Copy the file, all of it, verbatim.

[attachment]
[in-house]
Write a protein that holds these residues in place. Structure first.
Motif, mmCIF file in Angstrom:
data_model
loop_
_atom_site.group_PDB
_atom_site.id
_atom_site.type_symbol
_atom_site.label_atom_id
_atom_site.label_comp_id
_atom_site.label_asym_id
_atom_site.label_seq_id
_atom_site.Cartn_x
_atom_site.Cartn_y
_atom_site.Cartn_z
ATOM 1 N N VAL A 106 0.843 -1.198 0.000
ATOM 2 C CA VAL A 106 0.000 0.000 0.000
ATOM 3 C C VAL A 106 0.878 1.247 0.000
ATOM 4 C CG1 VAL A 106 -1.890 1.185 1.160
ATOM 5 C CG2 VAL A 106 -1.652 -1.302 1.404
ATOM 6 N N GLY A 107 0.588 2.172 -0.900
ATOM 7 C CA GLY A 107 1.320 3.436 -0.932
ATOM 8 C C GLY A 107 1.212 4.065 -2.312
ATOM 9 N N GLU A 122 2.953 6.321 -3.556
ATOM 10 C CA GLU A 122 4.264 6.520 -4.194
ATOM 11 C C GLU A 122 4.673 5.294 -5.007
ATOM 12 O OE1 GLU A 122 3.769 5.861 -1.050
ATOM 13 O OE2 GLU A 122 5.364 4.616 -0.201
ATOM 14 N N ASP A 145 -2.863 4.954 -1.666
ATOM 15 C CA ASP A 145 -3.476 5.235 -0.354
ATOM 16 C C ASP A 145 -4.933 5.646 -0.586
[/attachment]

[in-house]
Write a protein that holds these residues in place. Structure first.
Motif, mmCIF file in Angstrom:
data_model
loop_
_atom_site.group_PDB
_atom_site.id
_atom_site.type_symbol
_atom_site.label_atom_id
_atom_site.label_comp_id
_atom_site.label_asym_id
_atom_site.label_seq_id
_atom_site.Cartn_x
_atom_site.Cartn_y
_atom_site.Cartn_z
ATOM 1 N N VAL A 106 0.843 -1.198 0.000
ATOM 2 C CA VAL A 106 0.000 0.000 0.000
ATOM 3 C C VAL A 106 0.878 1.247 0.000
ATOM 4 C CG1 VAL A 106 -1.890 1.185 1.160
ATOM 5 C CG2 VAL A 106 -1.652 -1.302 1.404
ATOM 6 N N GLY A 107 0.588 2.172 -0.900
ATOM 7 C CA GLY A 107 1.320 3.436 -0.932
ATOM 8 C C GLY A 107 1.212 4.065 -2.312
ATOM 9 N N GLU A 122 2.953 6.321 -3.556
ATOM 10 C CA GLU A 122 4.264 6.520 -4.194
ATOM 11 C C GLU A 122 4.673 5.294 -5.007
ATOM 12 O OE1 GLU A 122 3.769 5.861 -1.050
ATOM 13 O OE2 GLU A 122 5.364 4.616 -0.201
ATOM 14 N N ASP A 145 -2.863 4.954 -1.666
ATOM 15 C CA ASP A 145 -3.476 5.235 -0.354
ATOM 16 C C ASP A 145 -4.933 5.646 -0.586